The tightened European climate protection targets and the new German climate protection law are very ambitious and require drastic and immediate measures. On the question of how these should best be designed, the Fraunhofer Cluster of Excellence Integrated Energy Systems (CINES) has drawn up seven recommendations for the success of the energy transition. These were presented today during a web session.
What course must be set in the next legislative period in order to achieve a transformation of the energy system as quickly as possible in areas such as levies and charges, the heat turnaround or the transport sector as well as other sectors? This question is the focus of a new short paper by Fraunhofer CINES, which includes Fraunhofer IEE, ISE, ISI and IEG. Based on the energy system analysis and further energy research of the four Fraunhofer Institutes, the following seven recommendations were elaborated:
1. technology openness or clear specifications: Finding the right balance.
Long-term technology openness is an important principle for the success of the energy transition. However, the question arises as to whether the new climate protection law does not de facto set clear limits to technological openness due to the increased time pressure in the implementation of the energy turnaround. The necessary infrastructure planning requires clear directional decisions, and the portfolio of technologies that can be rapidly and strongly expanded by 2030 is limited. Policymakers must therefore have the courage to be open to new technologies in the long term, but in the short term to promote established, readily available technologies in a targeted and vigorous manner.
2. energy prices: Fundamental reforms are needed to promote sector coupling and ensure social acceptability and competitiveness.
Rising CO2 prices alone do not provide the desired incentives to avoid fossil energy technologies in all sectors. Therefore, higher electricity prices, which are currently hindering the expansion of sector coupling, should be compensated for by a reduction in state-induced energy price components such as the EEG levy and, if necessary, the energy tax. of the electricity tax should be reduced. At the same time, this could ease the burden on lower-income households.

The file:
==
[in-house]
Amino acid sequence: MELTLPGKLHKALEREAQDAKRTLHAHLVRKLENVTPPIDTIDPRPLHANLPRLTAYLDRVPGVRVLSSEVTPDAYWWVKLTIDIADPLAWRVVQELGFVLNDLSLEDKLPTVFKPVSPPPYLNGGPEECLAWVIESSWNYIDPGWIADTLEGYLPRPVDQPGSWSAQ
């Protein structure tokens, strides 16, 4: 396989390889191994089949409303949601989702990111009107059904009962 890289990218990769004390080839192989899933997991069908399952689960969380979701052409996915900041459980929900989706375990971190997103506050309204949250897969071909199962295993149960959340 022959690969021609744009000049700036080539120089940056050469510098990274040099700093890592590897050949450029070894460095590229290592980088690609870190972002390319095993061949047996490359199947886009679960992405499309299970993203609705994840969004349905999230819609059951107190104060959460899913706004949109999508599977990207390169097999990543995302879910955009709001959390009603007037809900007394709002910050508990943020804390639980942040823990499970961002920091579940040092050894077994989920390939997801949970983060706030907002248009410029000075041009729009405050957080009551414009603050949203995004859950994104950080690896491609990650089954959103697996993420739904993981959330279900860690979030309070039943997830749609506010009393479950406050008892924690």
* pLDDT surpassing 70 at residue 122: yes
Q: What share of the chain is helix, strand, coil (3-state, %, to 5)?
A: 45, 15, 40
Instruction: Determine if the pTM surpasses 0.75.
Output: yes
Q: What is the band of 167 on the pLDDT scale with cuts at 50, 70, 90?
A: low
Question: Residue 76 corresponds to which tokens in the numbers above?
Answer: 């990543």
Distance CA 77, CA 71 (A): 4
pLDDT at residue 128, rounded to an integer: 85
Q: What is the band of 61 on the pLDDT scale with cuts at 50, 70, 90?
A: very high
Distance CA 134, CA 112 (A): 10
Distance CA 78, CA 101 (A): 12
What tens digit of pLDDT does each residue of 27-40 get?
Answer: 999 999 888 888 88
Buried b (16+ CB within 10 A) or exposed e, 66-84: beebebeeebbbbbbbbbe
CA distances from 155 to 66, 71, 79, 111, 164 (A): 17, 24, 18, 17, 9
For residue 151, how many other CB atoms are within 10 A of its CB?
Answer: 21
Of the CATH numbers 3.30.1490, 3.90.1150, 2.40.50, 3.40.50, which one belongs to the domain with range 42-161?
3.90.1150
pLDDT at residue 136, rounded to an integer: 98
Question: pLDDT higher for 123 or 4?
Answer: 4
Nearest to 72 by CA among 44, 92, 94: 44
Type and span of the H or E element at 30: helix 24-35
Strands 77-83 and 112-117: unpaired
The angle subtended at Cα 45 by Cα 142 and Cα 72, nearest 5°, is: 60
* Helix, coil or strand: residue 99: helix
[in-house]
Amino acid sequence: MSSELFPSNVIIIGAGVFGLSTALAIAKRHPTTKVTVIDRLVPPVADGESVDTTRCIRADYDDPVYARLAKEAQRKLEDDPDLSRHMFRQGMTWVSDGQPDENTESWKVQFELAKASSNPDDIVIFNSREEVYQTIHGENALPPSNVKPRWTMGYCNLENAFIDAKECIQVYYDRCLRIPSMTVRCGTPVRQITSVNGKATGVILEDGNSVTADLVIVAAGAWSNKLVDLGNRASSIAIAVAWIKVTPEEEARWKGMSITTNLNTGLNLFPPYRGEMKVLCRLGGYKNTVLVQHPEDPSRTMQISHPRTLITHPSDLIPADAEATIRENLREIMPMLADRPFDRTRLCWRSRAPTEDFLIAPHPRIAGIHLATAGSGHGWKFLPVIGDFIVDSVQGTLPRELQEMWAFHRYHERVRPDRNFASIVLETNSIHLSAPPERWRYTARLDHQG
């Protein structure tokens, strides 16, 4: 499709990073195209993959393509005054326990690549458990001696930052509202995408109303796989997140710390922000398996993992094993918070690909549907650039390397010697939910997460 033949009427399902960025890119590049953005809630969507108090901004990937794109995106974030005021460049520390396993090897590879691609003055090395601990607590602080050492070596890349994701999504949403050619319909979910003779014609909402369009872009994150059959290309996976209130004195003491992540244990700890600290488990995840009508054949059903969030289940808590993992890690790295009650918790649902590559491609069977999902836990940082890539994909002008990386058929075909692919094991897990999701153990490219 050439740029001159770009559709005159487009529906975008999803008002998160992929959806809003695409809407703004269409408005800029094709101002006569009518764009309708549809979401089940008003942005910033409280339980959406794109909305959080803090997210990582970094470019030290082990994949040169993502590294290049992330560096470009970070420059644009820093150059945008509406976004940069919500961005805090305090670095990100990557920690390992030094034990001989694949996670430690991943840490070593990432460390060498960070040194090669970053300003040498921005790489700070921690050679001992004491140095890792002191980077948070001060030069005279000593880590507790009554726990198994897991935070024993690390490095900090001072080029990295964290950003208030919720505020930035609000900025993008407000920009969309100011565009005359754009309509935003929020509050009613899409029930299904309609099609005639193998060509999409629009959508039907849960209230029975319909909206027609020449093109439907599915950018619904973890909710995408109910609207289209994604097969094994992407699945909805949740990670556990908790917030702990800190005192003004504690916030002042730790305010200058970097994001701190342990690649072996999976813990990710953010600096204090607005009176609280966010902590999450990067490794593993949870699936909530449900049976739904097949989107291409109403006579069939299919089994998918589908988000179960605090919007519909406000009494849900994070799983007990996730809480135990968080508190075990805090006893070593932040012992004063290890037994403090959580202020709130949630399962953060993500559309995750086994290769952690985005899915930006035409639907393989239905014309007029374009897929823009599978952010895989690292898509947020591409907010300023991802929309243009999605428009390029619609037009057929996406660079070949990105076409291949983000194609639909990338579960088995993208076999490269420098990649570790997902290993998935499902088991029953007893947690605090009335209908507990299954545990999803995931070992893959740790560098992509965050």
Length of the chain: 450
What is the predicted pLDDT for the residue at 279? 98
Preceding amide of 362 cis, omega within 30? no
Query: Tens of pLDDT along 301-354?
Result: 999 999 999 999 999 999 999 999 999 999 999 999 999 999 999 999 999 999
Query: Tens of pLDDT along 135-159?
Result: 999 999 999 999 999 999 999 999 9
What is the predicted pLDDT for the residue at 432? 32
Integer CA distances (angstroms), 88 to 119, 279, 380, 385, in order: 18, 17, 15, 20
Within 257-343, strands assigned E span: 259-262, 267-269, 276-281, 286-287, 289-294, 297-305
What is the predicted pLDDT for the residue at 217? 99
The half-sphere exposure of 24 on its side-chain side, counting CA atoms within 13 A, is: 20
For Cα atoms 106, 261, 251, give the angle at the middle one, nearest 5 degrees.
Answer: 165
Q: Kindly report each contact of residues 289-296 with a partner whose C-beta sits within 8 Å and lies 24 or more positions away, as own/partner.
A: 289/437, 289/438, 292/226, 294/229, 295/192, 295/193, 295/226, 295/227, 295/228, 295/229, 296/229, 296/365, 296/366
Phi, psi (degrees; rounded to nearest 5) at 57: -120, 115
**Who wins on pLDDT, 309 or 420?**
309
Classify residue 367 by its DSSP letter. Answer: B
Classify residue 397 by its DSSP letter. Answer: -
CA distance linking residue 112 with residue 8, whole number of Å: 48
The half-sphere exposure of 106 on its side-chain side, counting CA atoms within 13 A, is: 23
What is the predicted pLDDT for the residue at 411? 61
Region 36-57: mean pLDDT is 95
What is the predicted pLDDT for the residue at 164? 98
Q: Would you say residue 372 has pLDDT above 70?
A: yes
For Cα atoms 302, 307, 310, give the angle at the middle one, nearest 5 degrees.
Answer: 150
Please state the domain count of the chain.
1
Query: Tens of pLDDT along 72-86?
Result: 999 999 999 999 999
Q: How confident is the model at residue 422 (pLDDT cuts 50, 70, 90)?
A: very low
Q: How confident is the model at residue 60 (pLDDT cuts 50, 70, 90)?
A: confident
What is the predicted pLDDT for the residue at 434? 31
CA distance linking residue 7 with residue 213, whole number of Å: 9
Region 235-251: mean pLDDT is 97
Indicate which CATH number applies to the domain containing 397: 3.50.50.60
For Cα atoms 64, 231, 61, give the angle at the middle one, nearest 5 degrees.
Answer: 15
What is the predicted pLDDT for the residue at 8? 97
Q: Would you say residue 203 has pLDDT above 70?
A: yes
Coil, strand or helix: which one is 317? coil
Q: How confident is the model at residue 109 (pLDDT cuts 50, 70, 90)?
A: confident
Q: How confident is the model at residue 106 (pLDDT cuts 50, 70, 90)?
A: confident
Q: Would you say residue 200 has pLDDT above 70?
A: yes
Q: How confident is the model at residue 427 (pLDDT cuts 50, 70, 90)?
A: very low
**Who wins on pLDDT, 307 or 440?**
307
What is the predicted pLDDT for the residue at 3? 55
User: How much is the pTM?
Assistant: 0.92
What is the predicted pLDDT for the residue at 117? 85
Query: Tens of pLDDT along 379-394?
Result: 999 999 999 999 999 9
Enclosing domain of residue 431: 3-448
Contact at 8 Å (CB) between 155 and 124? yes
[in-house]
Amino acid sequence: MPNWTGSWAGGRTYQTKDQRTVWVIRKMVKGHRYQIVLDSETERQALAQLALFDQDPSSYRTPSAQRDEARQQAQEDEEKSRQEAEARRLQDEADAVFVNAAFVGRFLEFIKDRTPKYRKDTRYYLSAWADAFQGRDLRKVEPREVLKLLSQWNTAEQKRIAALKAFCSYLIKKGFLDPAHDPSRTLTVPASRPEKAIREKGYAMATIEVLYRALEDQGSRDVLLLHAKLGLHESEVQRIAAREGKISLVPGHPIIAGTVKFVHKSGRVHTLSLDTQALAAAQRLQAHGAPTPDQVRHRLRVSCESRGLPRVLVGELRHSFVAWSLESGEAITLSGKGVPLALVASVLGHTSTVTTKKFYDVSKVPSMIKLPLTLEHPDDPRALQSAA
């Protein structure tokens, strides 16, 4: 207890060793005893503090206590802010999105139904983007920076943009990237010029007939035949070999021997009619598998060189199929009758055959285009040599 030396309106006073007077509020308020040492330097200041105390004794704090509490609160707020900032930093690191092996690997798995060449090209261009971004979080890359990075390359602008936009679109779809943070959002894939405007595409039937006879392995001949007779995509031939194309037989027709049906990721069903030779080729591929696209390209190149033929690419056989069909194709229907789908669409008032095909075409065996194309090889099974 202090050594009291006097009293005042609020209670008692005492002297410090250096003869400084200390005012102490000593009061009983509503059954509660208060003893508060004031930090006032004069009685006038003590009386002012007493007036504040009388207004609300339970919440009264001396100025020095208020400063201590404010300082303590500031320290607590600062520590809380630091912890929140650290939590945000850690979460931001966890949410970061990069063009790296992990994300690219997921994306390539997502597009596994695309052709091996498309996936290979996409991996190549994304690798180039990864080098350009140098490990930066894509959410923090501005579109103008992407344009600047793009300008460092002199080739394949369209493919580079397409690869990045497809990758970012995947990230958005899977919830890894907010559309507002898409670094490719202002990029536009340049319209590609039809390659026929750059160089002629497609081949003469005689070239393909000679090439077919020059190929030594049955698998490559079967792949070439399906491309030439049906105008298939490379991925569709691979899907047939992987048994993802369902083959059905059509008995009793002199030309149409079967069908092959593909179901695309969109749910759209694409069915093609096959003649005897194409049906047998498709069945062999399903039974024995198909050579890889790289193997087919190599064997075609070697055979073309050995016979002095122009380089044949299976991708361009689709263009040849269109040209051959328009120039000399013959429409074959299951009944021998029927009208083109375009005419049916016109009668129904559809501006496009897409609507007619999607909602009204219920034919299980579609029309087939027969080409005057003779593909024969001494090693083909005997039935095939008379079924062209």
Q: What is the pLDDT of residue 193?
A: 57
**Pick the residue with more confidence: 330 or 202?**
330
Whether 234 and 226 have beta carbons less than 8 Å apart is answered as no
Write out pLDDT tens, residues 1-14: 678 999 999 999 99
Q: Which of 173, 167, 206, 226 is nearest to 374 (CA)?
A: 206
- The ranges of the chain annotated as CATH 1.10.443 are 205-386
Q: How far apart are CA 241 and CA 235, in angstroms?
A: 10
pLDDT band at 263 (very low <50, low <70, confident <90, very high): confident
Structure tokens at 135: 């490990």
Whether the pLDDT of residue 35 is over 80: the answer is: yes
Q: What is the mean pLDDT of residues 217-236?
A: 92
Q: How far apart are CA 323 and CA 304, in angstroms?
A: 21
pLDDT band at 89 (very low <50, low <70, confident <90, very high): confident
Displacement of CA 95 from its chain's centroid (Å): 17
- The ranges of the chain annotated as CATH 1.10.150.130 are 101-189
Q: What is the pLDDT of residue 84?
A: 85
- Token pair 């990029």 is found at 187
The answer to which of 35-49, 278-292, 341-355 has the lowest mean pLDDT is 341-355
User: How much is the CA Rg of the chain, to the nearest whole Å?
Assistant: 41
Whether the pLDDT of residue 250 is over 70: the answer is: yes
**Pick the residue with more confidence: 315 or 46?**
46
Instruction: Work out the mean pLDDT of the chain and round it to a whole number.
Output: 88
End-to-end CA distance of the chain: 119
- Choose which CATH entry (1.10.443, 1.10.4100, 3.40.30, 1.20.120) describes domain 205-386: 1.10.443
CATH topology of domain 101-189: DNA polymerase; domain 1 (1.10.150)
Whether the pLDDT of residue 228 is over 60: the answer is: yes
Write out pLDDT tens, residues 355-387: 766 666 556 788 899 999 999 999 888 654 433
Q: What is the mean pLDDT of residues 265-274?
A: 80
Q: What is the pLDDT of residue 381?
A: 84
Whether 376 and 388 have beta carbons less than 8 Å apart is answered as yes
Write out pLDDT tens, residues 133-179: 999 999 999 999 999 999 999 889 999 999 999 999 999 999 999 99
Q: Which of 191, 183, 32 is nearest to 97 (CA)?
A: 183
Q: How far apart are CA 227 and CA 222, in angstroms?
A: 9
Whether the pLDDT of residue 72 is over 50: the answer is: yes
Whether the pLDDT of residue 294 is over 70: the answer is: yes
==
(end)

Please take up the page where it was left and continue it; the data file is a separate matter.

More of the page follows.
Renewable energies: A strongly accelerated expansion of wind and solar energy is the backbone of the energy transition.
Exactly how high the demand will be depends, among other things, on whether direct electric options or synthetic energy sources are more in focus. At present, the development of onshore wind in particular should be accelerated, for example, by increasing tender volumes, designating more areas and improving the approval process.
4. heat transition: Refurbishment, heat pumps and heat grids are the key to a climate-neutral building stock.
Accordingly, by 2045 both the renovation rate and the depth of renovation should be increased, 6 million heat pumps installed and the expansion rate of local and district heating increased threefold – in the case of district heating with a particular focus on high shares of heat pumps, solar and geothermal energy, waste heat and biomass.
5. industrial transformation: A clear framework enables industry to transform to CO2-neutral production.
Without it, windows of opportunity for transformation through modernization or reinvestment in new assets cannot be seized and strategic investments cannot be made. Particularly in the basic industries, and especially in the cement industry, for which there is currently no prospect of CO2 neutrality, politicians should also work out prospects for the capture and storage of CO2. Although the technology is still not widely accepted in society, it is currently the only technically mature option with great reduction potential.
6. transport turnaround: Low-carbon transport is possible, but requires fast, clear and ambitious political action.
This includes, for example, a rapid conversion of vehicle fleets to zero-emission vehicles, the introduction of ambitious fleet limits for cars and trucks in Europe, the introduction of a nationwide speed limit of 130 km/h on motorways, or a rapid expansion of infrastructure, such as the fast-charging infrastructure for electric cars and trucks.
7. infrastructures: energy infrastructures need planning security and systemic approaches.
Whether electricity grids, heating grids for urban areas or hydrogen for industry – many energy transition options require infrastructure. A clear system development strategy is needed across all sectors that not only provides guidance but also keeps long-term energy and climate policy goals in mind. Cross-sector, integrated planning tools and processes are required for transport and distribution grids, on the basis of which efficient expansion can be implemented proactively.
The detailed presentation of the “7 recommendations for the success of the energy transition” can be read in the short paper of the same name.